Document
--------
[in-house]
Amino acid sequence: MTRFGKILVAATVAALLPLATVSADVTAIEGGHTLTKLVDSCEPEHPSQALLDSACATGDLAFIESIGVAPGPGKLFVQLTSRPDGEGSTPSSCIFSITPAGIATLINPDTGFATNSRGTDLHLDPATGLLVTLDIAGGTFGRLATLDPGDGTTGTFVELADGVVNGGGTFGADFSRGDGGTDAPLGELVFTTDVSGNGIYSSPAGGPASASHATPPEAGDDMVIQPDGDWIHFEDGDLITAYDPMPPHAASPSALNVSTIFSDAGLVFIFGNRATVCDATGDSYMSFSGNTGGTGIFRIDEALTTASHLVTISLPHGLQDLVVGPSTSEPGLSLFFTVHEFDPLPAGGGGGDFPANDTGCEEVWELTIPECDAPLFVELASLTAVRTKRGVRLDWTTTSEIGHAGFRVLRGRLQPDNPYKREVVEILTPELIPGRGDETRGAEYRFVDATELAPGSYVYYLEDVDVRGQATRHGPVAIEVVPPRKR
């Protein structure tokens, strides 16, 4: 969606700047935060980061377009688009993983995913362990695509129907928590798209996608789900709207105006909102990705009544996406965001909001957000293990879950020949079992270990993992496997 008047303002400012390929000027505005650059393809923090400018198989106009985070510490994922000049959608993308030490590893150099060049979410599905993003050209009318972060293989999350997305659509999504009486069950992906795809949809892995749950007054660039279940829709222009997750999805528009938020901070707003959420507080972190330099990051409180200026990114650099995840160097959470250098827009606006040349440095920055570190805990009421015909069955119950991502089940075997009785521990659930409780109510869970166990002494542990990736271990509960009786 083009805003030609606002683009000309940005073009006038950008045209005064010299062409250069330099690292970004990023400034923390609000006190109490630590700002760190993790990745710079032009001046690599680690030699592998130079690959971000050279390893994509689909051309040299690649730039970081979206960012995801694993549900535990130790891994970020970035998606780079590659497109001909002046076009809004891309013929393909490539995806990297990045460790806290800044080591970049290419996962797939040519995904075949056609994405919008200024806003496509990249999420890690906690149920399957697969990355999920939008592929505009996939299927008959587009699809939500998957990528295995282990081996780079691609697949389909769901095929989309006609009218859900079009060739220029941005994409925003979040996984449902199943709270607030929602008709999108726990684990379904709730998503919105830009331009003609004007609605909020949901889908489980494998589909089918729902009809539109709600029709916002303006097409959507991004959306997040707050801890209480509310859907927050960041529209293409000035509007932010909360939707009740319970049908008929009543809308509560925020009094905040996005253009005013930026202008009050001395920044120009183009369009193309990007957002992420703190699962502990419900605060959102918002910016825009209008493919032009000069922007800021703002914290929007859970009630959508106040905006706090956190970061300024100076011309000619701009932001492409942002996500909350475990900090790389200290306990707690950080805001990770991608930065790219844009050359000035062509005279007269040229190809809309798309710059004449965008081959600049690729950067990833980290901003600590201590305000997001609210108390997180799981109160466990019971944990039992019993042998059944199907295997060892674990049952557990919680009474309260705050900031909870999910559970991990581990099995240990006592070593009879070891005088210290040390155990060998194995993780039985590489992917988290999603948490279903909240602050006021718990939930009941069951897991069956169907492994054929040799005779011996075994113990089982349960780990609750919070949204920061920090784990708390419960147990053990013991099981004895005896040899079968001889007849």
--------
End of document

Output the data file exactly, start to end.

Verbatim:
[in-house]
Amino acid sequence: MTRFGKILVAATVAALLPLATVSADVTAIEGGHTLTKLVDSCEPEHPSQALLDSACATGDLAFIESIGVAPGPGKLFVQLTSRPDGEGSTPSSCIFSITPAGIATLINPDTGFATNSRGTDLHLDPATGLLVTLDIAGGTFGRLATLDPGDGTTGTFVELADGVVNGGGTFGADFSRGDGGTDAPLGELVFTTDVSGNGIYSSPAGGPASASHATPPEAGDDMVIQPDGDWIHFEDGDLITAYDPMPPHAASPSALNVSTIFSDAGLVFIFGNRATVCDATGDSYMSFSGNTGGTGIFRIDEALTTASHLVTISLPHGLQDLVVGPSTSEPGLSLFFTVHEFDPLPAGGGGGDFPANDTGCEEVWELTIPECDAPLFVELASLTAVRTKRGVRLDWTTTSEIGHAGFRVLRGRLQPDNPYKREVVEILTPELIPGRGDETRGAEYRFVDATELAPGSYVYYLEDVDVRGQATRHGPVAIEVVPPRKR
């Protein structure tokens, strides 16, 4: 969606700047935060980061377009688009993983995913362990695509129907928590798209996608789900709207105006909102990705009544996406965001909001957000293990879950020949079992270990993992496997 008047303002400012390929000027505005650059393809923090400018198989106009985070510490994922000049959608993308030490590893150099060049979410599905993003050209009318972060293989999350997305659509999504009486069950992906795809949809892995749950007054660039279940829709222009997750999805528009938020901070707003959420507080972190330099990051409180200026990114650099995840160097959470250098827009606006040349440095920055570190805990009421015909069955119950991502089940075997009785521990659930409780109510869970166990002494542990990736271990509960009786 083009805003030609606002683009000309940005073009006038950008045209005064010299062409250069330099690292970004990023400034923390609000006190109490630590700002760190993790990745710079032009001046690599680690030699592998130079690959971000050279390893994509689909051309040299690649730039970081979206960012995801694993549900535990130790891994970020970035998606780079590659497109001909002046076009809004891309013929393909490539995806990297990045460790806290800044080591970049290419996962797939040519995904075949056609994405919008200024806003496509990249999420890690906690149920399957697969990355999920939008592929505009996939299927008959587009699809939500998957990528295995282990081996780079691609697949389909769901095929989309006609009218859900079009060739220029941005994409925003979040996984449902199943709270607030929602008709999108726990684990379904709730998503919105830009331009003609004007609605909020949901889908489980494998589909089918729902009809539109709600029709916002303006097409959507991004959306997040707050801890209480509310859907927050960041529209293409000035509007932010909360939707009740319970049908008929009543809308509560925020009094905040996005253009005013930026202008009050001395920044120009183009369009193309990007957002992420703190699962502990419900605060959102918002910016825009209008493919032009000069922007800021703002914290929007859970009630959508106040905006706090956190970061300024100076011309000619701009932001492409942002996500909350475990900090790389200290306990707690950080805001990770991608930065790219844009050359000035062509005279007269040229190809809309798309710059004449965008081959600049690729950067990833980290901003600590201590305000997001609210108390997180799981109160466990019971944990039992019993042998059944199907295997060892674990049952557990919680009474309260705050900031909870999910559970991990581990099995240990006592070593009879070891005088210290040390155990060998194995993780039985590489992917988290999603948490279903909240602050006021718990939930009941069951897991069956169907492994054929040799005779011996075994113990089982349960780990609750919070949204920061920090784990708390419960147990053990013991099981004895005896040899079968001889007849």